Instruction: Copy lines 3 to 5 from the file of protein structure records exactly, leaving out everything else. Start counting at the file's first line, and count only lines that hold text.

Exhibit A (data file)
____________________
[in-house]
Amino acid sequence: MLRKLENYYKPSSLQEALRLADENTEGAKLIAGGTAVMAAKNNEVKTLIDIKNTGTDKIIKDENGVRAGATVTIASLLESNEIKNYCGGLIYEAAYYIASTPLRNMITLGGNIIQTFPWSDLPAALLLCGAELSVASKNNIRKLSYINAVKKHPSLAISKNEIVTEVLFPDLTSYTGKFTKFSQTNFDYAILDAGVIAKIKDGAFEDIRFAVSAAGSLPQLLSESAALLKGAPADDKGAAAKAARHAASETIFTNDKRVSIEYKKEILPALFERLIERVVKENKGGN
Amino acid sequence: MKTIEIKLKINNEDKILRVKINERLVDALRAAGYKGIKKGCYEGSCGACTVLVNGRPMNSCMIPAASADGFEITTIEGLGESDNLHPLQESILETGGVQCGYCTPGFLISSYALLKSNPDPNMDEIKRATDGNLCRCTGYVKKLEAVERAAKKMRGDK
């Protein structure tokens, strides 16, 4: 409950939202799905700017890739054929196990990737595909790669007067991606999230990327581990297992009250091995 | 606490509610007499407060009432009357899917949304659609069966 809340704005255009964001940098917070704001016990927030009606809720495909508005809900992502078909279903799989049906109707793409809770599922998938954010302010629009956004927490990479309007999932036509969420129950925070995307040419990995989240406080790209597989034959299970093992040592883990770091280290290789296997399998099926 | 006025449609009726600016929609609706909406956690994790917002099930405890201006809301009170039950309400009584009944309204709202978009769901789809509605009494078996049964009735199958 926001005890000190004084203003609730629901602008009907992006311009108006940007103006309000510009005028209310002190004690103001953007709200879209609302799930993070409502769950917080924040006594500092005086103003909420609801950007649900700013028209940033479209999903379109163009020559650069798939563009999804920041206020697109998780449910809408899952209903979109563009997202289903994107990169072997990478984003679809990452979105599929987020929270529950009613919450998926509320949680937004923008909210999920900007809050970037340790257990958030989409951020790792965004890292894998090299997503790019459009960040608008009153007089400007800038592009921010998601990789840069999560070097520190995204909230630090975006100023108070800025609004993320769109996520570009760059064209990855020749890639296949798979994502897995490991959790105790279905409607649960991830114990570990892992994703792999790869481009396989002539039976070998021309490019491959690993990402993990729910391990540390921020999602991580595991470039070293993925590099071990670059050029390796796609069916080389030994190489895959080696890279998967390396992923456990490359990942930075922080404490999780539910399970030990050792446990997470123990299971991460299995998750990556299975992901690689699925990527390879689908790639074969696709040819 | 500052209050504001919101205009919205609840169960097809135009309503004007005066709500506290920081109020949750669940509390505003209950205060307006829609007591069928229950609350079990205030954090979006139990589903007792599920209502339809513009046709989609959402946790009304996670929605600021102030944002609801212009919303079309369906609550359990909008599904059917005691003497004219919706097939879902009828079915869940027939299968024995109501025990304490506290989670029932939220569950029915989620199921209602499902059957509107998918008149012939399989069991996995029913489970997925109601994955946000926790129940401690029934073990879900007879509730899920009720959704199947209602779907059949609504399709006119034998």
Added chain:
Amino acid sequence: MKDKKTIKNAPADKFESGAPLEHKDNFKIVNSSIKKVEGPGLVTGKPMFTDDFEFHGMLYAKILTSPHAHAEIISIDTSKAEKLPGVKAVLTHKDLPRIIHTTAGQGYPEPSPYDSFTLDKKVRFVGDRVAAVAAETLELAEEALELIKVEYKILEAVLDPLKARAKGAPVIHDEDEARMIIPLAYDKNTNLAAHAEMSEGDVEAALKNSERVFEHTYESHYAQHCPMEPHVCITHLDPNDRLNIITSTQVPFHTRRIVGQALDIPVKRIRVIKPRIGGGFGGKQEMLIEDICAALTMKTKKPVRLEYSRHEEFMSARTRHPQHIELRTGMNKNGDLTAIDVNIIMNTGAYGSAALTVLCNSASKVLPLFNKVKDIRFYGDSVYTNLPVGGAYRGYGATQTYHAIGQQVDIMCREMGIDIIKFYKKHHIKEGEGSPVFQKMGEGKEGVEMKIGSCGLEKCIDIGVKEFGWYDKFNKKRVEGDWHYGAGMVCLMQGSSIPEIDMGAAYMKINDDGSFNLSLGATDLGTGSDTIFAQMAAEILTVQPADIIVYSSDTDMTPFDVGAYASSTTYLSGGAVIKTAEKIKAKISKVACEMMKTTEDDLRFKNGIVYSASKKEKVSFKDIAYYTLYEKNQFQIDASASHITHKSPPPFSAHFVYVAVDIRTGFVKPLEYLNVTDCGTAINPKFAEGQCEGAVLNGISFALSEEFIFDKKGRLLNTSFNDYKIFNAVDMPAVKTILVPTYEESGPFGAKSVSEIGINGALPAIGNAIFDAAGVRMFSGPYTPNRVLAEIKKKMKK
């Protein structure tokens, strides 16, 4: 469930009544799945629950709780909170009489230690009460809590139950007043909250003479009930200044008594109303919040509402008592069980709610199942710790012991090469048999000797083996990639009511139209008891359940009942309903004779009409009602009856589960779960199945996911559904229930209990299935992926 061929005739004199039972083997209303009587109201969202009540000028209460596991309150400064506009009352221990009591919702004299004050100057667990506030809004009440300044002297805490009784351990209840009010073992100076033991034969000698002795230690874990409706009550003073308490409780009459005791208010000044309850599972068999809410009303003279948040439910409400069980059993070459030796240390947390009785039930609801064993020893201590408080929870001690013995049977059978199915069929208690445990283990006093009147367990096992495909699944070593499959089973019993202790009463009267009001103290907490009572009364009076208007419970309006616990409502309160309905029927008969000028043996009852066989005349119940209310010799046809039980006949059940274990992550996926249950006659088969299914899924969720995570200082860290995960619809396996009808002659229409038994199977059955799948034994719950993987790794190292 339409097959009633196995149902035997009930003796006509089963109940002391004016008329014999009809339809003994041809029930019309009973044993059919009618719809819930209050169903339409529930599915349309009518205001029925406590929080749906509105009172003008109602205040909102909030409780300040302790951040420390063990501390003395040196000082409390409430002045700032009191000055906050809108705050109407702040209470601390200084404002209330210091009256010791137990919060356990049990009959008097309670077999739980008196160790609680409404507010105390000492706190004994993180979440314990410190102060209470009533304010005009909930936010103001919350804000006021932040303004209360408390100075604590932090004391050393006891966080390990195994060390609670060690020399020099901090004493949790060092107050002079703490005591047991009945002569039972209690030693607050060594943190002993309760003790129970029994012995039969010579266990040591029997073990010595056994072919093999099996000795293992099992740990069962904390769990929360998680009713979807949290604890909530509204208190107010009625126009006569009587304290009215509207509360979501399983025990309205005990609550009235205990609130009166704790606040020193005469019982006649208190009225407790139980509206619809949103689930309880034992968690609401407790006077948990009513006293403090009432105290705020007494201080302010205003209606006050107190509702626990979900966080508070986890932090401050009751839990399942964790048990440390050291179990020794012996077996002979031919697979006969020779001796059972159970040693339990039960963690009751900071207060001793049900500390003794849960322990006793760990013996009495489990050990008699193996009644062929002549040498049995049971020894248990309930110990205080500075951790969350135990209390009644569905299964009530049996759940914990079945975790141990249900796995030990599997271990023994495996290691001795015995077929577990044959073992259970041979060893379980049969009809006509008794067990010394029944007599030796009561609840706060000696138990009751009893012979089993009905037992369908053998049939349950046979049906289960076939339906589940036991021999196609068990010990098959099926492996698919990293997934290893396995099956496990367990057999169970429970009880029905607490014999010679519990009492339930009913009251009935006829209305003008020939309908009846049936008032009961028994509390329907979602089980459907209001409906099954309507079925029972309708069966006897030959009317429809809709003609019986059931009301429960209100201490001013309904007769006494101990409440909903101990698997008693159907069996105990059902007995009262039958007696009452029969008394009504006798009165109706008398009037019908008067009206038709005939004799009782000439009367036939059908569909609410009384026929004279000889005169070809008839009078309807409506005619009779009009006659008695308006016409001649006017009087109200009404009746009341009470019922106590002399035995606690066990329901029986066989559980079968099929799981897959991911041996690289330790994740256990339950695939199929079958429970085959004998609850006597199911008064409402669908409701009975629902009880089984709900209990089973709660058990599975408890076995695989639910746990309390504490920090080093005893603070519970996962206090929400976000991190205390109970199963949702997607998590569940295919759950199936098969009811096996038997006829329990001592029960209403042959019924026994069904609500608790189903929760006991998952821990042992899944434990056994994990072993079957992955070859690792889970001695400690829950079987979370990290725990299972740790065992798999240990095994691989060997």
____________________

Amino acid sequence: MKTIEIKLKINNEDKILRVKINERLVDALRAAGYKGIKKGCYEGSCGACTVLVNGRPMNSCMIPAASADGFEITTIEGLGESDNLHPLQESILETGGVQCGYCTPGFLISSYALLKSNPDPNMDEIKRATDGNLCRCTGYVKKLEAVERAAKKMRGDK
């Protein structure tokens, strides 16, 4: 409950939202799905700017890739054929196990990737595909790669007067991606999230990327581990297992009250091995 | 606490509610007499407060009432009357899917949304659609069966 809340704005255009964001940098917070704001016990927030009606809720495909508005809900992502078909279903799989049906109707793409809770599922998938954010302010629009956004927490990479309007999932036509969420129950925070995307040419990995989240406080790209597989034959299970093992040592883990770091280290290789296997399998099926 | 006025449609009726600016929609609706909406956690994790917002099930405890201006809301009170039950309400009584009944309204709202978009769901789809509605009494078996049964009735199958 926001005890000190004084203003609730629901602008009907992006311009108006940007103006309000510009005028209310002190004690103001953007709200879209609302799930993070409502769950917080924040006594500092005086103003909420609801950007649900700013028209940033479209999903379109163009020559650069798939563009999804920041206020697109998780449910809408899952209903979109563009997202289903994107990169072997990478984003679809990452979105599929987020929270529950009613919450998926509320949680937004923008909210999920900007809050970037340790257990958030989409951020790792965004890292894998090299997503790019459009960040608008009153007089400007800038592009921010998601990789840069999560070097520190995204909230630090975006100023108070800025609004993320769109996520570009760059064209990855020749890639296949798979994502897995490991959790105790279905409607649960991830114990570990892992994703792999790869481009396989002539039976070998021309490019491959690993990402993990729910391990540390921020999602991580595991470039070293993925590099071990670059050029390796796609069916080389030994190489895959080696890279998967390396992923456990490359990942930075922080404490999780539910399970030990050792446990997470123990299971991460299995998750990556299975992901690689699925990527390879689908790639074969696709040819 | 500052209050504001919101205009919205609840169960097809135009309503004007005066709500506290920081109020949750669940509390505003209950205060307006829609007591069928229950609350079990205030954090979006139990589903007792599920209502339809513009046709989609959402946790009304996670929605600021102030944002609801212009919303079309369906609550359990909008599904059917005691003497004219919706097939879902009828079915869940027939299968024995109501025990304490506290989670029932939220569950029915989620199921209602499902059957509107998918008149012939399989069991996995029913489970997925109601994955946000926790129940401690029934073990879900007879509730899920009720959704199947209602779907059949609504399709006119034998």
Added chain: